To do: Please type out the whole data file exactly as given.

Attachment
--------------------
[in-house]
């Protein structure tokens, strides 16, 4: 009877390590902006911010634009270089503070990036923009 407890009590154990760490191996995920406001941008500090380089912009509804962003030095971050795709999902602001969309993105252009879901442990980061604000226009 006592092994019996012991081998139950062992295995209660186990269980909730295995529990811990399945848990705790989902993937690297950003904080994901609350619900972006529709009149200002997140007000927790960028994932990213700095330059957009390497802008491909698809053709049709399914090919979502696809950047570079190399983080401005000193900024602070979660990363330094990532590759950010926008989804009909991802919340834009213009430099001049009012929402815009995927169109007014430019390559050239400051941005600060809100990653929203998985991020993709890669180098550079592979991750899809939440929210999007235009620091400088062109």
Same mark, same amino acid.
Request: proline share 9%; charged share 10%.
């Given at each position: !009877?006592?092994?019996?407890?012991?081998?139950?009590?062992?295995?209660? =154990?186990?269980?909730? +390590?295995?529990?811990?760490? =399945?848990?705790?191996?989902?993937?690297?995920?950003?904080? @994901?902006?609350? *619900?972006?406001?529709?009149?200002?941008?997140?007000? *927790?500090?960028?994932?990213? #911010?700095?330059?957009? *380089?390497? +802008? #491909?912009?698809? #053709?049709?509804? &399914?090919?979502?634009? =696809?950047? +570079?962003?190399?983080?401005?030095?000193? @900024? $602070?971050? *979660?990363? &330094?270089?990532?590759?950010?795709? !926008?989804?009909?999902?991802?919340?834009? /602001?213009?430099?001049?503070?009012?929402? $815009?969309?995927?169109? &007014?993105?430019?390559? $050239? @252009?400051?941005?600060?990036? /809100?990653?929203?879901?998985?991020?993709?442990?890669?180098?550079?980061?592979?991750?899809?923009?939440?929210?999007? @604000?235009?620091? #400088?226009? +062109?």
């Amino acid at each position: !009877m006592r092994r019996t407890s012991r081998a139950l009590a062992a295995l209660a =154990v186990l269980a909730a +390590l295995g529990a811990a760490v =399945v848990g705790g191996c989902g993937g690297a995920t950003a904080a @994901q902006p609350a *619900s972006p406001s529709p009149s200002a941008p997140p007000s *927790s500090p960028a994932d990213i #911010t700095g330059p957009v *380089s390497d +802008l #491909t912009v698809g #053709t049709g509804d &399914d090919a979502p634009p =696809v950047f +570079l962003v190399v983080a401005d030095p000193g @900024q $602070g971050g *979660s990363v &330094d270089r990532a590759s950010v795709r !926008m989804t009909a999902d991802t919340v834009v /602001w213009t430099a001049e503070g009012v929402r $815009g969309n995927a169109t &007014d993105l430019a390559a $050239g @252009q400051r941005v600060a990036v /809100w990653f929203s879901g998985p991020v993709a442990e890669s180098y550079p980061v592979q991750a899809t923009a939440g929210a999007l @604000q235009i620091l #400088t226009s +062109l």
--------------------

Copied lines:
[in-house]
């Protein structure tokens, strides 16, 4: 009877390590902006911010634009270089503070990036923009 407890009590154990760490191996995920406001941008500090380089912009509804962003030095971050795709999902602001969309993105252009879901442990980061604000226009 006592092994019996012991081998139950062992295995209660186990269980909730295995529990811990399945848990705790989902993937690297950003904080994901609350619900972006529709009149200002997140007000927790960028994932990213700095330059957009390497802008491909698809053709049709399914090919979502696809950047570079190399983080401005000193900024602070979660990363330094990532590759950010926008989804009909991802919340834009213009430099001049009012929402815009995927169109007014430019390559050239400051941005600060809100990653929203998985991020993709890669180098550079592979991750899809939440929210999007235009620091400088062109």
Same mark, same amino acid.
Request: proline share 9%; charged share 10%.
């Given at each position: !009877?006592?092994?019996?407890?012991?081998?139950?009590?062992?295995?209660? =154990?186990?269980?909730? +390590?295995?529990?811990?760490? =399945?848990?705790?191996?989902?993937?690297?995920?950003?904080? @994901?902006?609350? *619900?972006?406001?529709?009149?200002?941008?997140?007000? *927790?500090?960028?994932?990213? #911010?700095?330059?957009? *380089?390497? +802008? #491909?912009?698809? #053709?049709?509804? &399914?090919?979502?634009? =696809?950047? +570079?962003?190399?983080?401005?030095?000193? @900024? $602070?971050? *979660?990363? &330094?270089?990532?590759?950010?795709? !926008?989804?009909?999902?991802?919340?834009? /602001?213009?430099?001049?503070?009012?929402? $815009?969309?995927?169109? &007014?993105?430019?390559? $050239? @252009?400051?941005?600060?990036? /809100?990653?929203?879901?998985?991020?993709?442990?890669?180098?550079?980061?592979?991750?899809?923009?939440?929210?999007? @604000?235009?620091? #400088?226009? +062109?």
């Amino acid at each position: !009877m006592r092994r019996t407890s012991r081998a139950l009590a062992a295995l209660a =154990v186990l269980a909730a +390590l295995g529990a811990a760490v =399945v848990g705790g191996c989902g993937g690297a995920t950003a904080a @994901q902006p609350a *619900s972006p406001s529709p009149s200002a941008p997140p007000s *927790s500090p960028a994932d990213i #911010t700095g330059p957009v *380089s390497d +802008l #491909t912009v698809g #053709t049709g509804d &399914d090919a979502p634009p =696809v950047f +570079l962003v190399v983080a401005d030095p000193g @900024q $602070g971050g *979660s990363v &330094d270089r990532a590759s950010v795709r !926008m989804t009909a999902d991802t919340v834009v /602001w213009t430099a001049e503070g009012v929402r $815009g969309n995927a169109t &007014d993105l430019a390559a $050239g @252009q400051r941005v600060a990036v /809100w990653f929203s879901g998985p991020v993709a442990e890669s180098y550079p980061v592979q991750a899809t923009a939440g929210a999007l @604000q235009i620091l #400088t226009s +062109l």